But when the goodness and loving kindness of God our Savior appeared, he saved us, not because of works done by us in righteousness, but according to his own mercy, by the washing of regeneration and renewal of the Holy Spirit, whom he poured out on us richly through Jesus Christ our Savior, so that being justified by his grace we might become heirs according to the hope of eternal life. The saying is trustworthy, and I want you to insist on these things, so that those who have believed in God may be careful to devote themselves to good works. These things are excellent and profitable for people. - Titus 3:4–8
Christian discipleship has long suffered from a false dichotomy between faith and works. In his letter to Titus, the Apostle Paul describes the richness of God’s grace toward us in Jesus. The astounding reality of the gospel is that we are not saved “because of works done by us in righteousness, but according to [God’s] own mercy” (3:4). Paul exhorts Titus to “insist on these things”—to keep the reality of God’s grace central in his ministry and preaching—“so that those who have believed in God may be careful to devote themselves to good works.” In other words, Paul understood that there is a vital union between believing the gospel of God’s grace and giving oneself to a life of good works (cf. Eph 2:8–10). For this reason, to attempt to define faith apart from works is to distort what Scripture envisions when it speaks of faith. In the words of James, "faith by itself, if it does not have works, is dead” (James 2:17).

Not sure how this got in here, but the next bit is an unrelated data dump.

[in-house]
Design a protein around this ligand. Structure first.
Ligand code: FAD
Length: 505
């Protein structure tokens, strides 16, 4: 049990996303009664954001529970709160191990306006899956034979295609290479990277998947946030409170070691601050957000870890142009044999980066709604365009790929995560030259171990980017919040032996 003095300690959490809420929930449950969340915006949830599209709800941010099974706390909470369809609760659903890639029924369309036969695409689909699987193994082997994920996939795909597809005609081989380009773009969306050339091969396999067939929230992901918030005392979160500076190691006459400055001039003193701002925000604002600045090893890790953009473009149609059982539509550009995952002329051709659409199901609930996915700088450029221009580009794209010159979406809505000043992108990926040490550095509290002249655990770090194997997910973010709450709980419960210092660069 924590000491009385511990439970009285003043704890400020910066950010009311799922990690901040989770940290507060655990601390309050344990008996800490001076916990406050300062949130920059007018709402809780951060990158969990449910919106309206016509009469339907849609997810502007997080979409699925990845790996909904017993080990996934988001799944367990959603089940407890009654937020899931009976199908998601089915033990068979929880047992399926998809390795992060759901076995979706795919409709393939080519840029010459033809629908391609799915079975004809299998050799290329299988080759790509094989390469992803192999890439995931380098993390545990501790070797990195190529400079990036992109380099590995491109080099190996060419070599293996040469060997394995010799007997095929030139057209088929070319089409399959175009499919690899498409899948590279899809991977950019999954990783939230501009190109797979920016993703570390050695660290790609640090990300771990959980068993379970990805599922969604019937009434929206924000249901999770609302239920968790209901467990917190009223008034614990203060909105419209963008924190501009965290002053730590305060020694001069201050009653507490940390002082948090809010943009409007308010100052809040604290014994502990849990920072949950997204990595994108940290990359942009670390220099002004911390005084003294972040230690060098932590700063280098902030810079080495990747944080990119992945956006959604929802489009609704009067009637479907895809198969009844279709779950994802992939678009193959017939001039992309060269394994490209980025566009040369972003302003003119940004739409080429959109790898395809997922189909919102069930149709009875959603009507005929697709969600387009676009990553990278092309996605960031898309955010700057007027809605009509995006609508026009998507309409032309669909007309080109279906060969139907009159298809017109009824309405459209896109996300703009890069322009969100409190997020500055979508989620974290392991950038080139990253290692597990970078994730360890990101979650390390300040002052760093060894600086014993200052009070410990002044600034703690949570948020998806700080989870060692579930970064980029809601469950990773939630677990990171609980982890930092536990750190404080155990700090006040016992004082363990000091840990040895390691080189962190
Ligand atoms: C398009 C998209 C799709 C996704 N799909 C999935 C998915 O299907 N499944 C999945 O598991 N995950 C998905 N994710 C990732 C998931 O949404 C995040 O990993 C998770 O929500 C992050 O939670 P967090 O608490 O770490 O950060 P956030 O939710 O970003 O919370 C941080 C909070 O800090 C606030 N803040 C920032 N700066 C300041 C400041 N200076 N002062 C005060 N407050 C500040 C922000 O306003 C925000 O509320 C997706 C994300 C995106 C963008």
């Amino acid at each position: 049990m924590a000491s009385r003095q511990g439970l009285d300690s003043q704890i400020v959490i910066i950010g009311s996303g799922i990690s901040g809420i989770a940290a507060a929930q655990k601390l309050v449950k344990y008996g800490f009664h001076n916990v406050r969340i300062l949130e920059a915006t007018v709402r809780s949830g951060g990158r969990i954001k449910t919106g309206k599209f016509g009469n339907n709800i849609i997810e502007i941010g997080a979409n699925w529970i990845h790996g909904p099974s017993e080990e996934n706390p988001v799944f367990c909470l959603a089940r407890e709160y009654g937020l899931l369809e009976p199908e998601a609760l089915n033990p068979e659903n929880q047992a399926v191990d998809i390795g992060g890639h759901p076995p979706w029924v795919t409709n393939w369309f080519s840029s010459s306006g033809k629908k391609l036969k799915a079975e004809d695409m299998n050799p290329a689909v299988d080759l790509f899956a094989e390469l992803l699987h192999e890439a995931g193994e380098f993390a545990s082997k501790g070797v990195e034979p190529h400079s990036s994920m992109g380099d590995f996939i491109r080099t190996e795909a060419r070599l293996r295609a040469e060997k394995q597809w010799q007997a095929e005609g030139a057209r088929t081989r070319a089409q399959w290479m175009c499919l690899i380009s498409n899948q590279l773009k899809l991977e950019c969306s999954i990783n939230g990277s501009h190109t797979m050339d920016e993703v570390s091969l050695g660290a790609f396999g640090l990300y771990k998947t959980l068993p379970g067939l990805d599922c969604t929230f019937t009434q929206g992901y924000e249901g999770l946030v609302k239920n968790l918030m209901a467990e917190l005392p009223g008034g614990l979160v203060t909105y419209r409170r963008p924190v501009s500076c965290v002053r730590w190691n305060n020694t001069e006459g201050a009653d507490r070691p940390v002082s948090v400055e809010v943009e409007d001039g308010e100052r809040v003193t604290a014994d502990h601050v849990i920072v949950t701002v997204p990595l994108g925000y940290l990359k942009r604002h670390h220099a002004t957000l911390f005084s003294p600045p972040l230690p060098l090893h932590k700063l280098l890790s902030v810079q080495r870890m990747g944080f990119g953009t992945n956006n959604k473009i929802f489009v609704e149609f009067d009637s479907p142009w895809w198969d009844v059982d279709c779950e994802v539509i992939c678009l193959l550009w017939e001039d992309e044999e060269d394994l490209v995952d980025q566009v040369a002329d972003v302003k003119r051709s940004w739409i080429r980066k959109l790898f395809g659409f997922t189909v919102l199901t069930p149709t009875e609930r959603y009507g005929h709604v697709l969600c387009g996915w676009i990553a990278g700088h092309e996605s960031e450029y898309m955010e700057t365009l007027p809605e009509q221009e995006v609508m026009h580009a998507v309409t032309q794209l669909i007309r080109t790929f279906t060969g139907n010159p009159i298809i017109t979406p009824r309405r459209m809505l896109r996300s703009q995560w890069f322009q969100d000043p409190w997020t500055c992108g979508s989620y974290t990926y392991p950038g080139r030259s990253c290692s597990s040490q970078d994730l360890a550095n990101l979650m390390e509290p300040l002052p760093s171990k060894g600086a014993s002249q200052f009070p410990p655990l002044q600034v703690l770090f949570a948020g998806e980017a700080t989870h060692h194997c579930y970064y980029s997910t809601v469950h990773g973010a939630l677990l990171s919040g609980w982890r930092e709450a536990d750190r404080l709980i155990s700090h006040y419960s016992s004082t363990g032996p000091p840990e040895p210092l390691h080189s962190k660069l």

As we celebrate the 500th anniversary of the Reformation, may we continue to insist on the glorious truth that we are saved by grace through faith (Eph 2:8). But let us also ensure that we never confuse the "faith" that Scripture speaks of with a sort of intellectual assent or easy believism—the mere acceptance of a certain set of propositions about God's existence. To make this mistake is to entirely misinterpret the concepts of grace and faith throughout the biblical narrative.
The Old Testament promise of the of the new covenant is not that God would create a people who simply recognize and make confession of a set of doctrines. It is rather: "I will put my law within them, and I will write it on their hearts. And I will be their God, and they shall be my people (Jer 31:33)," and, "I will put my Spirit within you, and cause you to walk in my statutes and be careful to obey my rules (Ezek 36:27)."
In other words, when Scripture speaks of "faith" it refers to devotion to God in thought, word, and action flowing from a supernaturally transformed heart. Such a heart believes in who God says he is and the promises he has made and is divinely empowered to walk in obedience and live justly.
To "believe on the Lord Jesus Christ" (Rom 10:9) does not mean "believe that by believing in Jesus you are saved.” It means that we are saved when, by God’s grace, we surrender our life to Jesus, the King of Kings, and trust him to continually empower our obedience to his commandments through his indwelling Holy Spirit.